Mercury Insurance (La Brea, Calif.) CIO Allan Lubitz acknowledges that the company took a somewhat radical approach by implementing Guidewire Software's full InsuranceSuite — which includes the San Mateo, Calif.-based vendor's PolicyCenter, ClaimCenter and BillingCenter core system components — rather than beginning with a policy or claims systems alone. Mercury first deployed the vendor's systems in Nevada in Aug. 2010, where the insurer had previously not written business. To date Mercury has deployed InsuranceSuite for homeowners insurance in six states and commercial auto in five states.
"By first going into a market where we didn't have an existing presence, we minimized the risk and eliminated the need for a data conversion," comments Lubitz. "We were able to implement all three modules and radically change business processes."
Given the risks historically associated with core insurance system implementations, business people are understandably skeptical, Lubitz suggests. What the successful first rollout proved was that the new technology could improve cycle time, take paper out of processes and create a ubiquitous capability that could be used across the enterprise, he says.
"We rolled out for Nevada out of our Austin, Texas office," Lubitz relates. "It demonstrated in a live environment what was possible: highly efficient and completely paperless operations on a new platform."
Lubitz acknowledges that at the proof of concept stage, there were some "missing pieces" of functionality that needed to be built out rapidly. However, with success in Nevada there was enthusiasm rather than resistance to rolling out the system elsewhere. "To our surprise, the human change management was much easier than expected," Lubitz shares. "We expected an uphill battle, and there was some resistance, but the believers lined up more quickly than we anticipated."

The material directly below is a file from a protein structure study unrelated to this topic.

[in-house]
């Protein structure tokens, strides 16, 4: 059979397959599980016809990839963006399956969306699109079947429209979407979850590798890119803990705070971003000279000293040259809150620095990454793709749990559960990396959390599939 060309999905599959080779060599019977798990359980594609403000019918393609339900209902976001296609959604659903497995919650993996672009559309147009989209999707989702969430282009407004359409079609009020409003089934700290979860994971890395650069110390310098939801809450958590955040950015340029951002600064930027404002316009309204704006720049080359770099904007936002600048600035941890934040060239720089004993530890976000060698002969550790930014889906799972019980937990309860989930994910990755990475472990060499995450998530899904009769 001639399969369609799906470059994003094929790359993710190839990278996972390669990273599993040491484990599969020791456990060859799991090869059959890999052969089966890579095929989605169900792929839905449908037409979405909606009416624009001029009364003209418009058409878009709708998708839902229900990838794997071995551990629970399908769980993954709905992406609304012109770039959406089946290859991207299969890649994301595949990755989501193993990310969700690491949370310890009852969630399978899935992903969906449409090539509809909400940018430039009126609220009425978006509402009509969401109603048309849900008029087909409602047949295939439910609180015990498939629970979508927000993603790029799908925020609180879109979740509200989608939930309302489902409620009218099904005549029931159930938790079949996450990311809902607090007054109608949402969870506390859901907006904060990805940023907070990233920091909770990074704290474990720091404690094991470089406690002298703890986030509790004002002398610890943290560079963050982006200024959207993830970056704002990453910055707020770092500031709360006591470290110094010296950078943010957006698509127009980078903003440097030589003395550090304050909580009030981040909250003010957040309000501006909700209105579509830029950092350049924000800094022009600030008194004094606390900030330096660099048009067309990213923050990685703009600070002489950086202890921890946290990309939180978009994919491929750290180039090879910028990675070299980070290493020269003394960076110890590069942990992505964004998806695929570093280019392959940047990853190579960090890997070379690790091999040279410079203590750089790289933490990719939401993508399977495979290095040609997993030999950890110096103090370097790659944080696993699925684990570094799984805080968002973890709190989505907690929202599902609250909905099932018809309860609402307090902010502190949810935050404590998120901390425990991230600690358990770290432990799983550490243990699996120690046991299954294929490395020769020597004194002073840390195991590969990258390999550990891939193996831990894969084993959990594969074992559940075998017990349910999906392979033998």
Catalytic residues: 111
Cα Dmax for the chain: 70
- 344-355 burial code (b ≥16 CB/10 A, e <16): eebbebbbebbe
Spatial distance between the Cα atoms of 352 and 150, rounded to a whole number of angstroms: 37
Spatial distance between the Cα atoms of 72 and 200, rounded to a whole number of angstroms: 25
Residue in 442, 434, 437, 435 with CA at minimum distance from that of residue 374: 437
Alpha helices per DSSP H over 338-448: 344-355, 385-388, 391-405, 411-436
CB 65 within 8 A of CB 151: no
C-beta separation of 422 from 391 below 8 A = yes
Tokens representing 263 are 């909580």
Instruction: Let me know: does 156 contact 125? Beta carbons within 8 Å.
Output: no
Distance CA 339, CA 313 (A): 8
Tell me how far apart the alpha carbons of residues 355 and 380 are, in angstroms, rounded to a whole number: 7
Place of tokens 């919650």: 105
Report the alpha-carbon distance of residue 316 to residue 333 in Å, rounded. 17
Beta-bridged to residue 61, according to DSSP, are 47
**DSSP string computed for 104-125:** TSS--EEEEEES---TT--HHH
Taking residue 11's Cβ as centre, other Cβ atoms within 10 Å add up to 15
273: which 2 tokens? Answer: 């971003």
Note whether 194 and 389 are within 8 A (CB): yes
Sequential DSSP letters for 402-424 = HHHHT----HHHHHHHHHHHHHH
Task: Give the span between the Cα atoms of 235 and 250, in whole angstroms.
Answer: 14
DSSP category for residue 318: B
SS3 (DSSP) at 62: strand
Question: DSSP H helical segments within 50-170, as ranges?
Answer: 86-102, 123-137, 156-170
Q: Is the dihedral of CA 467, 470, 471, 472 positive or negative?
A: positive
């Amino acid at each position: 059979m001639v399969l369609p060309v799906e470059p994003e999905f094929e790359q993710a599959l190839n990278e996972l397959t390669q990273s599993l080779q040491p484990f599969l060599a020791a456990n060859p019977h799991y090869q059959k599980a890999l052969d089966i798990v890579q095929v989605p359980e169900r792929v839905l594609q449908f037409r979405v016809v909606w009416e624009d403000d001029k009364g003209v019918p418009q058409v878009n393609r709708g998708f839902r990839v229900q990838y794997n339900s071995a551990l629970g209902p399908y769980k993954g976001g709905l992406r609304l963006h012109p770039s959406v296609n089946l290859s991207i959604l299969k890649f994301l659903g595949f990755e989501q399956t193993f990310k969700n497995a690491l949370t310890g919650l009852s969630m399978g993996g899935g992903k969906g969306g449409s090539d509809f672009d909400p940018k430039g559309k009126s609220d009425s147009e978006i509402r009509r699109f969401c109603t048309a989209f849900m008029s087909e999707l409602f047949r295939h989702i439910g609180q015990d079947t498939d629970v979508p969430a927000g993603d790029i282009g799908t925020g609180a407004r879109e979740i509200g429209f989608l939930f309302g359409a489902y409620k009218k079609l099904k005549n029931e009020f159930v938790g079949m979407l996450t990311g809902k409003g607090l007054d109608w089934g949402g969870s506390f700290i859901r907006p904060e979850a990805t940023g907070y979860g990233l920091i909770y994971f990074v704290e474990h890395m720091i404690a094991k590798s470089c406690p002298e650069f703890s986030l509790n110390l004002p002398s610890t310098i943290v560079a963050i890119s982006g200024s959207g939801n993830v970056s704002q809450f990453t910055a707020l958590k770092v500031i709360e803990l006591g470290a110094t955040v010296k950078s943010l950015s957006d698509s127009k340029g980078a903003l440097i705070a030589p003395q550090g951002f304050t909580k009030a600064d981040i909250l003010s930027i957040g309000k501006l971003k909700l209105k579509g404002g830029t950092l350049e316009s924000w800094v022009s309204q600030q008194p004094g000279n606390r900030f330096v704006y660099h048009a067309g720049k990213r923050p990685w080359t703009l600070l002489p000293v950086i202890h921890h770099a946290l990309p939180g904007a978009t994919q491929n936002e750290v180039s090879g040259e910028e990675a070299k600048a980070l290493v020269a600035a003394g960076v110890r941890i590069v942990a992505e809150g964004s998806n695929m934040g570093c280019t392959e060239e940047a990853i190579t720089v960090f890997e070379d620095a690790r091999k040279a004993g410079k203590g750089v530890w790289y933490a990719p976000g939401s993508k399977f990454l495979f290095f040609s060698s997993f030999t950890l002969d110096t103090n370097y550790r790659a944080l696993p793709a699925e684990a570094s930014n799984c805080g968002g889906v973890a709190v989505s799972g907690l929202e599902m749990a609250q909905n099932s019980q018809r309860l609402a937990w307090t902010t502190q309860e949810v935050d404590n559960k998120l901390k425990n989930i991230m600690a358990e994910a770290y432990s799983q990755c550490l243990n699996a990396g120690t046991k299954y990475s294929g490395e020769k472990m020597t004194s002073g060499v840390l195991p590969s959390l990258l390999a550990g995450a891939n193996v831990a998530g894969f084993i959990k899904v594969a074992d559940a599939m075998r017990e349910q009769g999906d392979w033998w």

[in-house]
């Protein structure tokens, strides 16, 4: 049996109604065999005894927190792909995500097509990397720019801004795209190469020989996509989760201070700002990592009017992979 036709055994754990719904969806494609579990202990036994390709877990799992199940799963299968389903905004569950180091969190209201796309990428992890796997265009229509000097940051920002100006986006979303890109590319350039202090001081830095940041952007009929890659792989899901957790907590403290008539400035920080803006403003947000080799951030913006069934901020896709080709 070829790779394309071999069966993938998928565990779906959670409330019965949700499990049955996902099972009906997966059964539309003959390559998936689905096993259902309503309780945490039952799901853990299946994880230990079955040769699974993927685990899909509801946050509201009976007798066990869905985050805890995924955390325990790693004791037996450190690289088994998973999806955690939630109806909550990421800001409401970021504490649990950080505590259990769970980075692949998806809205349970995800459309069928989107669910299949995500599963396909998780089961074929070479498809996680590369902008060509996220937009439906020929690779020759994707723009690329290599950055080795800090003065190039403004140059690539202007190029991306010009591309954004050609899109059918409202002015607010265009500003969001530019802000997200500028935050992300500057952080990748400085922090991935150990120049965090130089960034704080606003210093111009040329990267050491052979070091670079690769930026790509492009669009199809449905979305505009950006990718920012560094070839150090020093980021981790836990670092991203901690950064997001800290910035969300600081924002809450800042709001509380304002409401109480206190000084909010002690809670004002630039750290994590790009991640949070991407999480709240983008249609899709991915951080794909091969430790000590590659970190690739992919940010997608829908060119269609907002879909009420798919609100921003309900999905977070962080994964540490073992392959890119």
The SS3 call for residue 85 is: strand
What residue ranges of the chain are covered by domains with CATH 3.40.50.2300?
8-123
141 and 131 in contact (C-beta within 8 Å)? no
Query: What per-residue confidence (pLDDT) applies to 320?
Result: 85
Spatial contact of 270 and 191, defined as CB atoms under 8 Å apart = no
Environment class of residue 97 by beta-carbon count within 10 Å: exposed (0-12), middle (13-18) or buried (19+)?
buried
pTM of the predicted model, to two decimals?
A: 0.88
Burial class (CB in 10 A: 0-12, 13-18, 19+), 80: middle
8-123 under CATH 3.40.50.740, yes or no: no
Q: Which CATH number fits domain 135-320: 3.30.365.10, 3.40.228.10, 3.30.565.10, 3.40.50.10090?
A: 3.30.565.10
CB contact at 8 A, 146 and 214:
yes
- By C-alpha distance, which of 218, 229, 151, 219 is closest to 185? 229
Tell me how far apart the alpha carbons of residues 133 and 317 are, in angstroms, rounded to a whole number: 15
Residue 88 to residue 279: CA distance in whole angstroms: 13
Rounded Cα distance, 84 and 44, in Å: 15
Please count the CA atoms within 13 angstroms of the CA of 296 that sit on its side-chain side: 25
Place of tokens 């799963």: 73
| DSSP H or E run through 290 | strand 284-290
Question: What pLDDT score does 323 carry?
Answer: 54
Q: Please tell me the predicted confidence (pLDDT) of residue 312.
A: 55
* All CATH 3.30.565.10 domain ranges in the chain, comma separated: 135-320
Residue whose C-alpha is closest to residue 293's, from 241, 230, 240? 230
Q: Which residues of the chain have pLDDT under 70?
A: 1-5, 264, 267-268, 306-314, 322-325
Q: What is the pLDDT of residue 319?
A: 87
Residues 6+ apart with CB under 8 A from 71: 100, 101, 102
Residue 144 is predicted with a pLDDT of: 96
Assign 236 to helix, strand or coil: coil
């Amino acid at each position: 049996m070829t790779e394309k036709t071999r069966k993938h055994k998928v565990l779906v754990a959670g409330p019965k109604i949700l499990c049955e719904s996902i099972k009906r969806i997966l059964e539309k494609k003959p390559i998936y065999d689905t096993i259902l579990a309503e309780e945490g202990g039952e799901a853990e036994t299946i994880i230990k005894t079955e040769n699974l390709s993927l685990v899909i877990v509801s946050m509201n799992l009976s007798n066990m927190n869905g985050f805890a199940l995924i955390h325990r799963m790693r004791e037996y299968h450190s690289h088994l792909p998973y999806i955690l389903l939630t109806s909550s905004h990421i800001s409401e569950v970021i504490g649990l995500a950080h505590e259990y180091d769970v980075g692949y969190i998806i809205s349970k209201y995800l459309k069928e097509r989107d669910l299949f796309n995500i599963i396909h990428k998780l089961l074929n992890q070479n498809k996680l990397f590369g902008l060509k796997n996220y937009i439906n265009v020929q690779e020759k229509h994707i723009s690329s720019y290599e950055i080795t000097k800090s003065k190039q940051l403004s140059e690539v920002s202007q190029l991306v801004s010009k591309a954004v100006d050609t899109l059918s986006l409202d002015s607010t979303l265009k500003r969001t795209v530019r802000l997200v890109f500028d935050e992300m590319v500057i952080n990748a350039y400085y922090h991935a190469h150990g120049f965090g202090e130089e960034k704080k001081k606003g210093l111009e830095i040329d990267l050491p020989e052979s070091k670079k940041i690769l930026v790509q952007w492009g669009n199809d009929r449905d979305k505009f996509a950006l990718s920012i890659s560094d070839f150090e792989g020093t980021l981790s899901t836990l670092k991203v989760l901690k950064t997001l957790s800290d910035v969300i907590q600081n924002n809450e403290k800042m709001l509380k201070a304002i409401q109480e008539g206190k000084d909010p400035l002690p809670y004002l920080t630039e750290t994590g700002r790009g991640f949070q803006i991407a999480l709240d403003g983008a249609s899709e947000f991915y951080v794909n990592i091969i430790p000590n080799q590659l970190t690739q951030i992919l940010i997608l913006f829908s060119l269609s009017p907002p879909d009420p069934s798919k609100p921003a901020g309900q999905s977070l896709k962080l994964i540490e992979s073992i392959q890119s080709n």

[For more on the advantages of modern systems, see Newer Policy Administration Systems Ease Transformation of Smaller Insurers.]
Mercury's first implementation took 13 months, according to Lubitz. "We thought that was a long time, but people were impressed it didn't take longer," he observes.
The second release took about nine months, but Lubitz says that it included the need to built out missing functionality, including renewal capabilities. "We picked up the rhythm after that," Lubitz adds.
Lubitz expects to have rolled out InsuranceSuite for all of the company's primary product lines — a total of 17 releases — by the end of the first quarter of 2013. Following that milestone, the carrier intends to use the new system to embark on writing business in new states and for new lines of business, according to Lubitz.
"We operate on a five-year plan and already have an implementation game plan for the next two years," Lubitz reports.
Anthony O'Donnell has covered technology in the insurance industry since 2000, when he joined the editorial staff of Insurance & Technology. As an editor and reporter for I&T and the InformationWeek Financial Services of TechWeb he has written on all areas of information ... View Full Bio